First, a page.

Speaking of certainty, I was roasting carrots to feed my family the other night, certain I had prepared enough for my hungry crowd. But when I pulled them from the oven they had considerably shrunk and the amount seemed scant.
My wise daughter suggested I add spinach to bulk things up. So I added several handfuls of tender spinach to the hot cookie sheet, tossed it among the carrots (which helped it slightly wilt), added salt and pepper, a squeeze of lemon juice, and voila!
Coincidently, I recently came upon this recipe, which inspired me to take this dish to the next level by adding spices, pine nuts and raisins. The result is a flavourful and hearty dish, packed with nutrients. It’s colourful and pretty, too. And I love to eat pretty things. Don’t you?
These are the amounts I used to feed five hungry people as a side dish.
Roasted carrots with pine nuts, spinach and raisins
14 medium carrots, scrubbed and cut into 1-inch pieces
4 tablespoons olive oil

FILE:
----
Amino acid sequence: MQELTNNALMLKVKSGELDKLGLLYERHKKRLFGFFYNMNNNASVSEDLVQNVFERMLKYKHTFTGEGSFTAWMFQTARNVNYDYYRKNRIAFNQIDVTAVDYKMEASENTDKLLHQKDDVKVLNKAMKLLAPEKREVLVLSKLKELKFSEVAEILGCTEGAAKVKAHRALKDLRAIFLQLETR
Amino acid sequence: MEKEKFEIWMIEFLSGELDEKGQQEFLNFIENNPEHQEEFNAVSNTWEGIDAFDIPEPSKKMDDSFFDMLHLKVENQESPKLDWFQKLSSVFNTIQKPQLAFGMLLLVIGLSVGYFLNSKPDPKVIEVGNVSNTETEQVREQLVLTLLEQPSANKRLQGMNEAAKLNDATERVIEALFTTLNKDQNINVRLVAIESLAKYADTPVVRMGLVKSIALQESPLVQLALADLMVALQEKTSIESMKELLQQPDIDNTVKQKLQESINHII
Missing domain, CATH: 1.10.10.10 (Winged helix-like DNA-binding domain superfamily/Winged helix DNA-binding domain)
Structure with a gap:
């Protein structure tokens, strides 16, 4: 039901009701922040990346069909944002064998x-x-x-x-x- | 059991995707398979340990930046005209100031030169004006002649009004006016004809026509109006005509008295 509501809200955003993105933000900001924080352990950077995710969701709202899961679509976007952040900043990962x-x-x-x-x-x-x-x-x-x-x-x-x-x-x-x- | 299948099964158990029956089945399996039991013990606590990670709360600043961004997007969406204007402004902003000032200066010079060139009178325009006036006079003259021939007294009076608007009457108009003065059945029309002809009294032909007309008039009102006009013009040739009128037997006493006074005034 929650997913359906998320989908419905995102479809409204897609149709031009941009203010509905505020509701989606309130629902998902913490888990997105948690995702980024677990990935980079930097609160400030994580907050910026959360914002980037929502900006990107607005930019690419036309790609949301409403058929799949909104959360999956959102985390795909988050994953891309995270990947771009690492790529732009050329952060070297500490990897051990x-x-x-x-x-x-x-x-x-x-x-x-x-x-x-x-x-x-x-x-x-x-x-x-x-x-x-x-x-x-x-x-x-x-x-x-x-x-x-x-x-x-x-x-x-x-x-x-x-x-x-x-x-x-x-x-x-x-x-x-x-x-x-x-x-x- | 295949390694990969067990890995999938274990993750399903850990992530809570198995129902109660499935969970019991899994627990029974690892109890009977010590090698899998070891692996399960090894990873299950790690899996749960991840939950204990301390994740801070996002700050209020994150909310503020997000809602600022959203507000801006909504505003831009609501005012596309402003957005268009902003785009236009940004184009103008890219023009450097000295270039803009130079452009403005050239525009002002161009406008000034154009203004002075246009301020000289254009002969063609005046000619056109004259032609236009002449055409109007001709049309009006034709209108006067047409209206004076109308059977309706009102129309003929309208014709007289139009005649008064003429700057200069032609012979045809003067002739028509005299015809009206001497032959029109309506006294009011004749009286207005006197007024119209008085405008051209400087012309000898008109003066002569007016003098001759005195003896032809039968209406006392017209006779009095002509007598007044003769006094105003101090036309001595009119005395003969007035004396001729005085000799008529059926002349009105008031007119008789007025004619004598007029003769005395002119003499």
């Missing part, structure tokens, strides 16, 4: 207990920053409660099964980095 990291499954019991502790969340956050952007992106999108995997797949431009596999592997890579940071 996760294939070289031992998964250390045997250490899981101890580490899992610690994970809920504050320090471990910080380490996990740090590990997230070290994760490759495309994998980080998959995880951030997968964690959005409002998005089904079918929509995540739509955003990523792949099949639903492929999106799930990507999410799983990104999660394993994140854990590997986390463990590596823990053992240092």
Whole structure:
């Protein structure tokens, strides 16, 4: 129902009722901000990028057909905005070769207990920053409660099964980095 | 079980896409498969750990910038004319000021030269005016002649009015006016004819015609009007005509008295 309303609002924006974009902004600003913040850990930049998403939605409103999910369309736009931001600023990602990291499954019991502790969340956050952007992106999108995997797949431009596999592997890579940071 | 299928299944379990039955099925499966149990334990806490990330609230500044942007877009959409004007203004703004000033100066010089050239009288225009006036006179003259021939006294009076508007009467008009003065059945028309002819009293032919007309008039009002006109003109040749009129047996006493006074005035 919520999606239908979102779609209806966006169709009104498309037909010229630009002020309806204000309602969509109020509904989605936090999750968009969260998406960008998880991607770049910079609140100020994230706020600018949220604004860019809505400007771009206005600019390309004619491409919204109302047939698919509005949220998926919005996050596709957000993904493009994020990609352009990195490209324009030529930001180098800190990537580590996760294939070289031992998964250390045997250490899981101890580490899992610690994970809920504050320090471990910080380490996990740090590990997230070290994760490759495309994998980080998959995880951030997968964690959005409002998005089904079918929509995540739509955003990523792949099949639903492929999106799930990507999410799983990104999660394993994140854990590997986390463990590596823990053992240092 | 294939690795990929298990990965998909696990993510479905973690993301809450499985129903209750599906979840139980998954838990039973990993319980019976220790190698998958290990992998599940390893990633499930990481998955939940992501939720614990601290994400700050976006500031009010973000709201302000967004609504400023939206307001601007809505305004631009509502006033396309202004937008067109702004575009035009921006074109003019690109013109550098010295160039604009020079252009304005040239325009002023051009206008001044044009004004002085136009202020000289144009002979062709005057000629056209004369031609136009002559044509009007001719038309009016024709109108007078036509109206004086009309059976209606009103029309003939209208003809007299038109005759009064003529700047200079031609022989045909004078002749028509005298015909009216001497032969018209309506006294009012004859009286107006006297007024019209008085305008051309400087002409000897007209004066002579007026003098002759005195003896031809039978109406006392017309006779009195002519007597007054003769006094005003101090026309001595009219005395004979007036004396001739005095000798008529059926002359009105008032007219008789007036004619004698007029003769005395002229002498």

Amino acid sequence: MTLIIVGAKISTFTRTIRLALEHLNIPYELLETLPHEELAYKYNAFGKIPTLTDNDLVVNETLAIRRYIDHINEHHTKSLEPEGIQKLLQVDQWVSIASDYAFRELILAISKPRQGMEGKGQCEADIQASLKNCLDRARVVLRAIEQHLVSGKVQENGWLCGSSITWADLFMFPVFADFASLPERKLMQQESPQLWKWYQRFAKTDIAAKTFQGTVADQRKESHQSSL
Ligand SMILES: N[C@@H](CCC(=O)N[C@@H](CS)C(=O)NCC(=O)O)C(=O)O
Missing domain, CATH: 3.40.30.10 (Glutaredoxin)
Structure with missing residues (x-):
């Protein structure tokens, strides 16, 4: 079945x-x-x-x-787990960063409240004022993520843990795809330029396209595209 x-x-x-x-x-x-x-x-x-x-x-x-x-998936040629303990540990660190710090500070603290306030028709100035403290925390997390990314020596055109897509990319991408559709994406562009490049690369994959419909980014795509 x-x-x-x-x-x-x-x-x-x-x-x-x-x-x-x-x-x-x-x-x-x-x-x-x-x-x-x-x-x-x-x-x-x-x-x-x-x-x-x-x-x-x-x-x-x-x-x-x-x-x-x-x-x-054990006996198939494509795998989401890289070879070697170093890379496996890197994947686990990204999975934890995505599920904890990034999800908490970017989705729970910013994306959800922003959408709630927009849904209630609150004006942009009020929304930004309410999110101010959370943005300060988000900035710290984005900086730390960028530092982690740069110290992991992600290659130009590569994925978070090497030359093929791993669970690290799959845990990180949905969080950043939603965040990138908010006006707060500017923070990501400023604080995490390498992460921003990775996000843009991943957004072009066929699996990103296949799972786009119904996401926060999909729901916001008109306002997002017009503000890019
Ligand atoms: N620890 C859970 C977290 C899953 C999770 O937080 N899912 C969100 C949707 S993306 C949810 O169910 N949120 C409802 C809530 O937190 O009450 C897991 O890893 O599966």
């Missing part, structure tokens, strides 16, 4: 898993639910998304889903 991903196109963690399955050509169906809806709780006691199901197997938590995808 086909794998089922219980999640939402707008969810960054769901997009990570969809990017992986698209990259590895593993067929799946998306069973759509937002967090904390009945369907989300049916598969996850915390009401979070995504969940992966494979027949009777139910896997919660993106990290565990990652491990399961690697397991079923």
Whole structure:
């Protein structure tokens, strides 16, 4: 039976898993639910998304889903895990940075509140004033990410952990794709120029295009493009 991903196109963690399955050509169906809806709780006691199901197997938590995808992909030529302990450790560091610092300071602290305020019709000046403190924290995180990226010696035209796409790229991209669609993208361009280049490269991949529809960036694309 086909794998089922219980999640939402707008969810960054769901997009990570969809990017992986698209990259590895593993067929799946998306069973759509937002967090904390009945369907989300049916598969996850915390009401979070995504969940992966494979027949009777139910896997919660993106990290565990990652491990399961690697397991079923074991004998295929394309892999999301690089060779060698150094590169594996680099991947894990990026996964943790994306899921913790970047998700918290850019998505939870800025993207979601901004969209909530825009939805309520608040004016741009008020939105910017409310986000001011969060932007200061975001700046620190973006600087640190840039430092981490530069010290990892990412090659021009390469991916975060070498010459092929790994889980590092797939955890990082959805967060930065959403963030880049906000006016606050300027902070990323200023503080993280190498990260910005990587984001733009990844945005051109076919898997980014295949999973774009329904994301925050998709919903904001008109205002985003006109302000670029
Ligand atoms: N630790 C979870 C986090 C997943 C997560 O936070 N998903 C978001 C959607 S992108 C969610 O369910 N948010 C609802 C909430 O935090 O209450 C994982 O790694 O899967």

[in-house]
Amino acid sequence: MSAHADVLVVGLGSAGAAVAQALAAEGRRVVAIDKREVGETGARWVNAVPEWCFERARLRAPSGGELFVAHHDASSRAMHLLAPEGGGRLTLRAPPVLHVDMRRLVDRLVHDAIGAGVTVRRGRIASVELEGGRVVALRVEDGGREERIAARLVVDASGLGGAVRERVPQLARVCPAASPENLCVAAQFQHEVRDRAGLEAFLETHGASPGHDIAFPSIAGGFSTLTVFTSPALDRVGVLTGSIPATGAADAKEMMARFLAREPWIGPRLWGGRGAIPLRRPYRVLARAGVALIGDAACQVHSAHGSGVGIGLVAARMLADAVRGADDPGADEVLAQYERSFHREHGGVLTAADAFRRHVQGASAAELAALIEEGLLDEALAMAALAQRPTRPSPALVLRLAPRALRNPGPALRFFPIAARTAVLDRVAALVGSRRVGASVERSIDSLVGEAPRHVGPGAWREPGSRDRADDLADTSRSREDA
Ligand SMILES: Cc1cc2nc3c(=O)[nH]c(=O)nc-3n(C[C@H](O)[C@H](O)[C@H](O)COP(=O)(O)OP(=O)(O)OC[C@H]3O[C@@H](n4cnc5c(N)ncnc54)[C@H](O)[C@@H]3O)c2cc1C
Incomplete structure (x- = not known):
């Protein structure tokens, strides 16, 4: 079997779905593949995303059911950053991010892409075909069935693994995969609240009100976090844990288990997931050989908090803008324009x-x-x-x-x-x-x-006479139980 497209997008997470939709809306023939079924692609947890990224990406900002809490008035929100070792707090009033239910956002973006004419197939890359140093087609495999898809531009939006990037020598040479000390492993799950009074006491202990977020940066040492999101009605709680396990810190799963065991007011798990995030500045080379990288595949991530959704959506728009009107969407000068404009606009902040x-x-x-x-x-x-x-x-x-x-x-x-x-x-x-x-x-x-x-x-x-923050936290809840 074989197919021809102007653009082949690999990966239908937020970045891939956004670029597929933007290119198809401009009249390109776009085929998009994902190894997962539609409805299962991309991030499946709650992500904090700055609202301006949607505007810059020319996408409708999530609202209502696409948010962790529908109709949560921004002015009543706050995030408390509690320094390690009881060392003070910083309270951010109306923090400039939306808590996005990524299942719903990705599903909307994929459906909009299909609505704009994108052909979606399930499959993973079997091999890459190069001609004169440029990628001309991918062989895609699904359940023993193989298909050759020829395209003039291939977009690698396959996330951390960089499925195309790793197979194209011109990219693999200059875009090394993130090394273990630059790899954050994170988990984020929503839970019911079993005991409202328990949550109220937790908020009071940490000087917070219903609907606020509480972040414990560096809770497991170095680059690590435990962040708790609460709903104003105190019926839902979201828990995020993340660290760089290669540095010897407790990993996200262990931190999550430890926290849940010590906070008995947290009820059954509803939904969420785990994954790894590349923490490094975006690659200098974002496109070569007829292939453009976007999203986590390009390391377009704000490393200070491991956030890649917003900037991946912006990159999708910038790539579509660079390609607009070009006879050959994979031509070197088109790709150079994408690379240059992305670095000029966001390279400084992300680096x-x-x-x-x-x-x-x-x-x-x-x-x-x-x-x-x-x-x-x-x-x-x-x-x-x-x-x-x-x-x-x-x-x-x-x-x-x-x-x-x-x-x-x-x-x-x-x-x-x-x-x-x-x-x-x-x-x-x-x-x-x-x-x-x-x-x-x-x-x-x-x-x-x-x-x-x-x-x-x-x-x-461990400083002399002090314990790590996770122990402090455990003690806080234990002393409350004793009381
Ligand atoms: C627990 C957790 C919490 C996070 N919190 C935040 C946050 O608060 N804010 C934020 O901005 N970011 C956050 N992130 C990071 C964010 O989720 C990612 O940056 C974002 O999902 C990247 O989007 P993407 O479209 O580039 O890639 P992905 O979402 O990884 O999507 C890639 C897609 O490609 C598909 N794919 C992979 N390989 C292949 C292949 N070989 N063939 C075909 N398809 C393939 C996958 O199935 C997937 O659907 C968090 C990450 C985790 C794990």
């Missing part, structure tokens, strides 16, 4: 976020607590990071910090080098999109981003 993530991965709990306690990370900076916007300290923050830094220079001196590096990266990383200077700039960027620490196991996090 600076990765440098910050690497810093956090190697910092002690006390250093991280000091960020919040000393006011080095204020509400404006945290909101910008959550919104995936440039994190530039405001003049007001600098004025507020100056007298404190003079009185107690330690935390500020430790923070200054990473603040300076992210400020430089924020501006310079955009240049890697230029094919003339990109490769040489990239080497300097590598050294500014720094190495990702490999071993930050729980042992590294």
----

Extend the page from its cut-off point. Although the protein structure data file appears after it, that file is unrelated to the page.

2 teaspoons spice of your choice (I used freshly grated nutmeg)
3/4 cup raisins (or dried cranberries or cherries)
1/2 cup pine nuts (or pumpkin seeds)
juice of 1/2 a lemon
Several handfuls of tender spinach (or mesclun greens)
Salt and pepper to taste
Preheat oven to 425 degrees F.
Line a rimmed baking sheet with parchment paper.
In a large bowl, toss carrots with olive oil and spice of your choice. Spread out on prepared baking sheet and roast 20 minutes or until carrots are tender with golden brown edges.
Remove from oven. Scatter raisins and pine nuts on hot baking sheet and gently toss.
Add spinach to carrots and toss gently.
Finish with a squeeze of lemon, a pinch of sea salt and pepper to taste.
My next blog post was going to be about a beautifully designed chair I’ve been admiring. But Simon suggested I write about how we’re fixing up the upstairs bathroom. “People love before and afters,” he said.
So here’s a sneak peak as we revamp one of the smallest albeit most important rooms in our more than 125 year-old home.